The Garage, London 28th November 1999
If a band sounds the same live as they do recorded, it can be a bit disappointing. Too clean, too rehearsed. Seeing Salaryman live at The Garage could easily have been like that, only it never strayed into those well-trodden pedestrian precincts. The only non-perfect things about this show were the lack of audience (Sunday night maybe?) and the less than amazing sound system difficulties. Salaryman themselves were pristine, and beyond that, purely enjoyable. “Thomas Jefferson Airplane” came on massive and Manga, putting me in mind of a fabulous Godzilla style battle waged out aurally between oscillator bass and drums and guitars vs. keyboards. Bass-zilla vs. King Ghidra Electronic perhaps? Of course with special guest Mothra and the crying Godzuki. Add in the pterodactyl screaming flame-throw of Monster Island and this song was far more fun to watch live than it might perhaps let
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Label: Smells Like Records Format: 2CD
The century may still have about a year left to run through, but Sonic Youth have decided to take time to consider and pay tribute to their ancestral experimental roots on this double CD of less-than rock music. Built in earnestly engaged (but obviously joyful too) collaboration with old and new friends and musical relations Jim O’Rourke, William Winant, turntablizer Christian Marclay, and composers Takehisa Kosugi and Christian Wolff (and lovingly recorded by the estimable Wharton Tiers), there’s much interpreting of pieces by luminaries of the (predominently American) avant-garde including Nicolas Slominsky, John Cage, Cornelius Cardew and Steve Reich.
Pauline Oliveros‘ specially-composed “Six For new Time” is rendered with a combination of gusto and simple hypnotic bliss developed from the pleasures of transforming repetition into an electric mantra, perhaps unsurprisingly the piece which resembles
Continue reading Sonic Youth – Goodbye 20th Century […]
The Borderline, London 9th November 1999
A night at The Borderline, a night for Americanism. We arrived too late to hear the first set, a band called Kenny Process Team, so no insights there apart from the appropriate(d) soundtrack feeling their last couple of songs gave me as I took in the setting. This venue is a strange place for my impressions of London. Done up in 1970’s Tex-Mex sort of decor, disturbingly orderly, little comedy cowboy motifs everywhere, The Borderline could have easier been stuck out in the California high desert as in the middle of London. I felt relieved to notice the very punk-rock bartenders and hoped against all that no one was going to line-dance.
So then came Rothko, their short set of woeful bass-based tunes rang romantic and sweet, completely instrumental, basstrumental. One, two, three bass guitars to accompany the other sort of electronica, but with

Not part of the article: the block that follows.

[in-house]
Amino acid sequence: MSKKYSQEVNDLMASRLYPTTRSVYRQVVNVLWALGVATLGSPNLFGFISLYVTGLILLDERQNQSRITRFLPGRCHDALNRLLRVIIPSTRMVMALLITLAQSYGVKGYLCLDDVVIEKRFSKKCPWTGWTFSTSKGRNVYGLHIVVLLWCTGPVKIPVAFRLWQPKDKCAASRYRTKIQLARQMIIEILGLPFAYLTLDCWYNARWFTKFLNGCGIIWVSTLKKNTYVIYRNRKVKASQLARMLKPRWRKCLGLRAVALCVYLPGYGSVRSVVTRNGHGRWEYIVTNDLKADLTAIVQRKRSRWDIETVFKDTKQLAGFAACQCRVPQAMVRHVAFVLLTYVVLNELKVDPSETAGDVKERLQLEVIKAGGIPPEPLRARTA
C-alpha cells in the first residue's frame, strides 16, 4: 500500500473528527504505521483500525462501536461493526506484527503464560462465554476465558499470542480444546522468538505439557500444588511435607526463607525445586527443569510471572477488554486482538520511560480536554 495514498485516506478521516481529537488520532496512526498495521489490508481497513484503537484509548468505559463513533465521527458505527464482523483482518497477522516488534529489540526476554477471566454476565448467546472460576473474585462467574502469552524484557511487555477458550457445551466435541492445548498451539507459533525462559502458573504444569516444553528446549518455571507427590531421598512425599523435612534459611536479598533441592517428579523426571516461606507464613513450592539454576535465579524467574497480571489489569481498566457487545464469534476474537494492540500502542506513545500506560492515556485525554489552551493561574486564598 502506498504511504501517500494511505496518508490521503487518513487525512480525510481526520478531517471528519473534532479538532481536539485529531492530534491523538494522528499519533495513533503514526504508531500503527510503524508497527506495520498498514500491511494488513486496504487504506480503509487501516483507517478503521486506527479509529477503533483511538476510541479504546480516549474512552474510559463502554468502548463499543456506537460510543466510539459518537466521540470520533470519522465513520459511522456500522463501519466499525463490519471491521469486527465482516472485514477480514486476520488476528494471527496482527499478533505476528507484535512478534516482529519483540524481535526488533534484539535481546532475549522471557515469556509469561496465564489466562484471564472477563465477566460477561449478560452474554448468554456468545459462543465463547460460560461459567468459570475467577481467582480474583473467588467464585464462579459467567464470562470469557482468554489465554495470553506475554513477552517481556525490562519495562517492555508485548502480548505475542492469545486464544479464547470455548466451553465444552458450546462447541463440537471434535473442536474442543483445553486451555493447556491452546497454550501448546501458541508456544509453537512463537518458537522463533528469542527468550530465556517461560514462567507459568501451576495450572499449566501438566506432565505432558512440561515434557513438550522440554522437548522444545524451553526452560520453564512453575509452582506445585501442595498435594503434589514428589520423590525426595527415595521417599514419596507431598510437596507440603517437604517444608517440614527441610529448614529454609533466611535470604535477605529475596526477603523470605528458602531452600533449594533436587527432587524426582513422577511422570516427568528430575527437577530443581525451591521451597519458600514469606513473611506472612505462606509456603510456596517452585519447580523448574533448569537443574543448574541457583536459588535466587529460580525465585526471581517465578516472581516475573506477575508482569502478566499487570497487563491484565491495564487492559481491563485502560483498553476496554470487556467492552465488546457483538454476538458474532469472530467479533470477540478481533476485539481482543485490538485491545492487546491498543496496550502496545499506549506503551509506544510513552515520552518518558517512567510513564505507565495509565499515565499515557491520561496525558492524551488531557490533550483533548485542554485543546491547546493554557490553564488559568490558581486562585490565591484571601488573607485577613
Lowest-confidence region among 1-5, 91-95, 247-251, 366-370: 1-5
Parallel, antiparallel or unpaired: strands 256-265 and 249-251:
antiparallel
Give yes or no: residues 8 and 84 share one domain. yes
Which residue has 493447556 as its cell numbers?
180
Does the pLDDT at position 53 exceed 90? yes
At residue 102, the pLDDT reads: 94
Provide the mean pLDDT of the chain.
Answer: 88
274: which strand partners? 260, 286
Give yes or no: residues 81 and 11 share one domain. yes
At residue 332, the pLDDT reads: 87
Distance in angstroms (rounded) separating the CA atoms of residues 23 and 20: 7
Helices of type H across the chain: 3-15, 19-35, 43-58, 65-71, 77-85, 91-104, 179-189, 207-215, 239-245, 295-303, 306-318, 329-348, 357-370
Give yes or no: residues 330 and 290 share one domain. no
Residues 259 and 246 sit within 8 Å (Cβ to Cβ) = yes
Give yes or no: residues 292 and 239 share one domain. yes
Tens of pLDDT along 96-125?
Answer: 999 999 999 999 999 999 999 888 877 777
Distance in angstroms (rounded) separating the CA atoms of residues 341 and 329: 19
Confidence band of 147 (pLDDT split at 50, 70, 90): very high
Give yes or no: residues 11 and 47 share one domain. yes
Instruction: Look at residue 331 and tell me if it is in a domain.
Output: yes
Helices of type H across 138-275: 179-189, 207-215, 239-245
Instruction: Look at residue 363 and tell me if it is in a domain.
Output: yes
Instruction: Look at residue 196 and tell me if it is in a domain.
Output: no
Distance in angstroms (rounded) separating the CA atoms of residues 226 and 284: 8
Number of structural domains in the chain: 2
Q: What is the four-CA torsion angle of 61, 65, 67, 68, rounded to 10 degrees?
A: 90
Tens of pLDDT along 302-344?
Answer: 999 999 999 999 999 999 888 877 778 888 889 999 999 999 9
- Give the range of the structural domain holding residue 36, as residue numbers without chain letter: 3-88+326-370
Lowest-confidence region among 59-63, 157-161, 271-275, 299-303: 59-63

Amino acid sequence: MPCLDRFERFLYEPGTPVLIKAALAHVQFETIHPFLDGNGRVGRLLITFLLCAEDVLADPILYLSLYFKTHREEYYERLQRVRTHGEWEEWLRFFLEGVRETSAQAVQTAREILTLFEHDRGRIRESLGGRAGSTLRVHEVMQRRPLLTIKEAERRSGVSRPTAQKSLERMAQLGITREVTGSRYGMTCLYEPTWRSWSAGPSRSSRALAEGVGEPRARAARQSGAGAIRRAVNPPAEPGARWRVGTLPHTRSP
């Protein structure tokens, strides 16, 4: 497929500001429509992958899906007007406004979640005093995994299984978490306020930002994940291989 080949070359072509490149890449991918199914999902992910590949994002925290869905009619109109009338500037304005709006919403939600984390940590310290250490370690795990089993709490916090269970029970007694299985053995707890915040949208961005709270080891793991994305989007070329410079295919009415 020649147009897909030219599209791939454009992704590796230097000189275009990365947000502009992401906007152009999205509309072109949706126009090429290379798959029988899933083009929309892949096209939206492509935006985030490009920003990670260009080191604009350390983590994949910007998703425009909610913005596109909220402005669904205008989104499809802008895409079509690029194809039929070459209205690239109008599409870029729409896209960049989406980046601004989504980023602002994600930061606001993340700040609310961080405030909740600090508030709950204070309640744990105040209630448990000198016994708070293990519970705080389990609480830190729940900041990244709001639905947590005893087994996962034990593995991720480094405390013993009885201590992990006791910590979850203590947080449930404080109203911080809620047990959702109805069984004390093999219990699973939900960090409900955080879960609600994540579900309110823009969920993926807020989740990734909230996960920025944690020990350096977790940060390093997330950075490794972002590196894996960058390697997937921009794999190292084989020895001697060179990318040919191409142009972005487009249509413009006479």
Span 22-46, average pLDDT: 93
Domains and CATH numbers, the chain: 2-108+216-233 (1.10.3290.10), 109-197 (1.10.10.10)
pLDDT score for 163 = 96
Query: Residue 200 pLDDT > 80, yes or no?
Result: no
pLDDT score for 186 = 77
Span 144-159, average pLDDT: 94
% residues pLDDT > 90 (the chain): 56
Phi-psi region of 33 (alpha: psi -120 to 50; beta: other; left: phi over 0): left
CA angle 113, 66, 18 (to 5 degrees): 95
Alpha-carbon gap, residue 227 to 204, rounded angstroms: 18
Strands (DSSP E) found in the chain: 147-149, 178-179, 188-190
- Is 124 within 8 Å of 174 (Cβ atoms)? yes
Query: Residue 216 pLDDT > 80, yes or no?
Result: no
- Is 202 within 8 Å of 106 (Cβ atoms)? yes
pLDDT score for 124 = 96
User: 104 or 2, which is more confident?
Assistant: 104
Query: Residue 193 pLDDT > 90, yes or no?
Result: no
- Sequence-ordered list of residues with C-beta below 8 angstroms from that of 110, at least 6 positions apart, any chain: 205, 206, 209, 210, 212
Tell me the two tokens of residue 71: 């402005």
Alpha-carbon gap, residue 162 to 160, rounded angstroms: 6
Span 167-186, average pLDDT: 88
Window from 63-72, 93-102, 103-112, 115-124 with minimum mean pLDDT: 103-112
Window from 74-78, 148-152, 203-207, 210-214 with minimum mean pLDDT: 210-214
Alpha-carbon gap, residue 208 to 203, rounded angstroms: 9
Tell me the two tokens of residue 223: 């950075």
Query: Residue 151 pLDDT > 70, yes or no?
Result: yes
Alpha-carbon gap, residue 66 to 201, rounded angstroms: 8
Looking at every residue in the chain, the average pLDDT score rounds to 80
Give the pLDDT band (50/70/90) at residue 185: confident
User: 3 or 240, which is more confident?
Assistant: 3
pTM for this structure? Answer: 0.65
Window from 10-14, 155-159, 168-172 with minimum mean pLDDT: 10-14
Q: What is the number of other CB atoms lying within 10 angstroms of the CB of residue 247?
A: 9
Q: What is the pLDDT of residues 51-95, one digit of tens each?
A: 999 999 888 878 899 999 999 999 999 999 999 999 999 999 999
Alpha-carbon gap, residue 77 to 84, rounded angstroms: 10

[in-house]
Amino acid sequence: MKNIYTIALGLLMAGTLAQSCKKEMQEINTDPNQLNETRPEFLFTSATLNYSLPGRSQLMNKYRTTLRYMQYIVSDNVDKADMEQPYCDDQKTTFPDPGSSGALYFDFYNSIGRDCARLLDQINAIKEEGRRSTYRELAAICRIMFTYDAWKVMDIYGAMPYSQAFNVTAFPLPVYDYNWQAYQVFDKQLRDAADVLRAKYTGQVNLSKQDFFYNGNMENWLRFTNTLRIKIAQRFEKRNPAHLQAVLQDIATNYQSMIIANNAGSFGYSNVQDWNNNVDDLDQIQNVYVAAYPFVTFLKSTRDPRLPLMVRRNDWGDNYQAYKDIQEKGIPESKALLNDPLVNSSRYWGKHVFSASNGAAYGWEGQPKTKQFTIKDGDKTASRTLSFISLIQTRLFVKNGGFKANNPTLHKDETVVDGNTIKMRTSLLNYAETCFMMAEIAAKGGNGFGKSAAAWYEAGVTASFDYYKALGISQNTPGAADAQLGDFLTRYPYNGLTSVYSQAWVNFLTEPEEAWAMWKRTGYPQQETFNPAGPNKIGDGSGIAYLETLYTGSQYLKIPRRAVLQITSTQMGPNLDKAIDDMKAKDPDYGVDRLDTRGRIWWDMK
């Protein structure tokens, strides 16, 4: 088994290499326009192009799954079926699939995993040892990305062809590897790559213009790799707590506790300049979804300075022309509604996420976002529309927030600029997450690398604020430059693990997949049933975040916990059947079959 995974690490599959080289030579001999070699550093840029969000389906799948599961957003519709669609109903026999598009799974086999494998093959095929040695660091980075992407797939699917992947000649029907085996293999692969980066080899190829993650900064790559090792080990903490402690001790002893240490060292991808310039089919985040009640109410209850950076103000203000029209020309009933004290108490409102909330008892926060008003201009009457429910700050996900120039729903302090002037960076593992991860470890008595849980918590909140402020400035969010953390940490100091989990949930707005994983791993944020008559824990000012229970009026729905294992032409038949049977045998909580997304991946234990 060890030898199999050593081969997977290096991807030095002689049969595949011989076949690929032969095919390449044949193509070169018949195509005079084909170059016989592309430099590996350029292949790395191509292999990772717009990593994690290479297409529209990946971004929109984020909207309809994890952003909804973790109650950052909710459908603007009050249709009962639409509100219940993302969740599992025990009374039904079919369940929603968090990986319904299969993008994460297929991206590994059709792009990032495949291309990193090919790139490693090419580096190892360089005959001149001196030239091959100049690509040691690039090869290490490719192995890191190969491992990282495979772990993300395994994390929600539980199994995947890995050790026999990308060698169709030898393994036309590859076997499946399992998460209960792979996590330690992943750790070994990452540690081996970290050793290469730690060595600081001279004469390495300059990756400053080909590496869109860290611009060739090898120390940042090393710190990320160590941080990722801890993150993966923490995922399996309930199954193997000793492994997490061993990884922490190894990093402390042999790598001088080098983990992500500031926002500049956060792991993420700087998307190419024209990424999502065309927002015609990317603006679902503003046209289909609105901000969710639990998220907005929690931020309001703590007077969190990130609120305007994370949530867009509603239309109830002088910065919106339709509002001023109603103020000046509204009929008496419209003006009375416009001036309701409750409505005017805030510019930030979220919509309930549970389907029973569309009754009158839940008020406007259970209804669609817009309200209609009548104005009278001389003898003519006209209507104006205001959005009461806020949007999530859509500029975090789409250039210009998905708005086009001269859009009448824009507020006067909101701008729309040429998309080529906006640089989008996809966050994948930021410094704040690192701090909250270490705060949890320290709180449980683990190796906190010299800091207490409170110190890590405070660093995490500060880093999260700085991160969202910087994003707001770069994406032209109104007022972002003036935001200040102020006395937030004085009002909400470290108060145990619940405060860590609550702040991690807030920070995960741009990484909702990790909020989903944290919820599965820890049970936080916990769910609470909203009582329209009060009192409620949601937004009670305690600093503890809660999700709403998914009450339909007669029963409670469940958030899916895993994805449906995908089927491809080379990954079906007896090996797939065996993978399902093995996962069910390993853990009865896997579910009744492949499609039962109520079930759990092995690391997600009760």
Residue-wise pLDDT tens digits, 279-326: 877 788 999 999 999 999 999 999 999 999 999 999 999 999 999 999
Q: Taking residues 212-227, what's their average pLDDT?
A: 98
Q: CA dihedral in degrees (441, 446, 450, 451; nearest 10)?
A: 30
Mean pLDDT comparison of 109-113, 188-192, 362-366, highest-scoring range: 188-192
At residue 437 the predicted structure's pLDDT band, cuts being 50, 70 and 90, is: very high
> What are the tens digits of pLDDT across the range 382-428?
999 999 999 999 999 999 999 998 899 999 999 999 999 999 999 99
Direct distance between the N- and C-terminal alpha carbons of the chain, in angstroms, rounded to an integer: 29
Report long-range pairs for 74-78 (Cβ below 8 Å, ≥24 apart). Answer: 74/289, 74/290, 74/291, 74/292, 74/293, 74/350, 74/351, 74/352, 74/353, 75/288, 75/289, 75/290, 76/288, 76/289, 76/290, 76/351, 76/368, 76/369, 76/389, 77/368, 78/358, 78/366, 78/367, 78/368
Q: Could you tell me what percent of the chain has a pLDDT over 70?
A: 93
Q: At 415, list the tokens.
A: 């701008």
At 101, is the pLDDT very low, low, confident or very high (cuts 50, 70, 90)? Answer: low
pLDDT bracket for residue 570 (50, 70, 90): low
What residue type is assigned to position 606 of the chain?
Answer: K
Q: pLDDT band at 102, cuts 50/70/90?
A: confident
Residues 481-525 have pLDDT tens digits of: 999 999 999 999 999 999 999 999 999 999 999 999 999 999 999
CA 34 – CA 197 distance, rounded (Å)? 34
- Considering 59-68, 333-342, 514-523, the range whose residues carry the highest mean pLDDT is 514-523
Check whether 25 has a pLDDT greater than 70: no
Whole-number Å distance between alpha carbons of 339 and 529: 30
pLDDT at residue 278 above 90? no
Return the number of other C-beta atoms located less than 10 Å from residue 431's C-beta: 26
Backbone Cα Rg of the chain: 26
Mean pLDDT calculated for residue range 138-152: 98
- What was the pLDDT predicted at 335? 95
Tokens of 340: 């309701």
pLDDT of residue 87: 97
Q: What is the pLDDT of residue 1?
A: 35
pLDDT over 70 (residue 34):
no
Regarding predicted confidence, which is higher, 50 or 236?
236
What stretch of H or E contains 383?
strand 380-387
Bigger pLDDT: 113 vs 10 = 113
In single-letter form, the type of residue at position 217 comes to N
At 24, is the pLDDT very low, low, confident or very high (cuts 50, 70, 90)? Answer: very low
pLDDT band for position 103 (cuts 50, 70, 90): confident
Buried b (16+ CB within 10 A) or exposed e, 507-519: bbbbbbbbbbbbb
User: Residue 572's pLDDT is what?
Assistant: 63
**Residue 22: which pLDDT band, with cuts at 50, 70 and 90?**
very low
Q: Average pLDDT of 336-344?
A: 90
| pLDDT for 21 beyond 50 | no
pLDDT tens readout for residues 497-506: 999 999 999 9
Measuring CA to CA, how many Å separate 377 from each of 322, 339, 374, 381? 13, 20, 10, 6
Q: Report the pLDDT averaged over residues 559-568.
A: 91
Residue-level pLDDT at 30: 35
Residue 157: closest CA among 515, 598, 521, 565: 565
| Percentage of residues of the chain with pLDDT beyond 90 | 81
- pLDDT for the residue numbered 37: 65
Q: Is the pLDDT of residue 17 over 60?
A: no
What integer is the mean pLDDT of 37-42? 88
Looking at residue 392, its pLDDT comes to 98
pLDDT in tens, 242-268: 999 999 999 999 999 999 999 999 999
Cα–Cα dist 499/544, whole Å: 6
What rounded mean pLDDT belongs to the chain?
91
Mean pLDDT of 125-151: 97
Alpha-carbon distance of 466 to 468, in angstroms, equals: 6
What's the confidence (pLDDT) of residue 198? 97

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The Underworld, London 5th November 1999
Back at The Underworld for the second time in six months, follwowing on from an absence from their founders’ homeland of six years, The Legendary Pink Dots bring home their unique format of intense live musical performance at the tail end of yet another whirlwind European tour organised due to public demand. Tonight there’s no support, just two hours of the finest Dots songs, honed and polished to perfection.
With old friend Martijn de Kleer back on guitar and sharing drums with Ryan Moore (who also sometimes plays bass simultaneously), and The Silverman intent in his electronic grotto, the Dots get into gear as Edward Ka-Spel arrives barefoot and canary-yellow-coated. As the show kicks off, it rapidly develops into an event replete with its own incandescent contributions to Firework Night, including the irrisistably funky groove of the cynically post-apocalyptic “As Long As It’s Purple
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The Water Rats, London 2nd November 1999
The Water Rats seems like a broken place, barely still pulsing with the life of the twenty or so people inside. I wonder if it was once posh, evidence: rubbed-off velvet on the too few bar stools, forgotten glass cases built into dingy walls, and a mid-size double paned front door, spread wide and chained open. It lets in the chill November night air which is perhaps all that save us from being assaulted by the smell of age and decay. I wonder who would know this is here, but apparently they do; people file in and I’m fascinated with the creative ways people in London find to keep warm, all the while avoiding looking like eskimos.
Zan Lyons comes to play, and it is easy to get up front to see what he is about. The man stands like a spider figure,
Continue reading Faultline/Zan Lyons (live) […]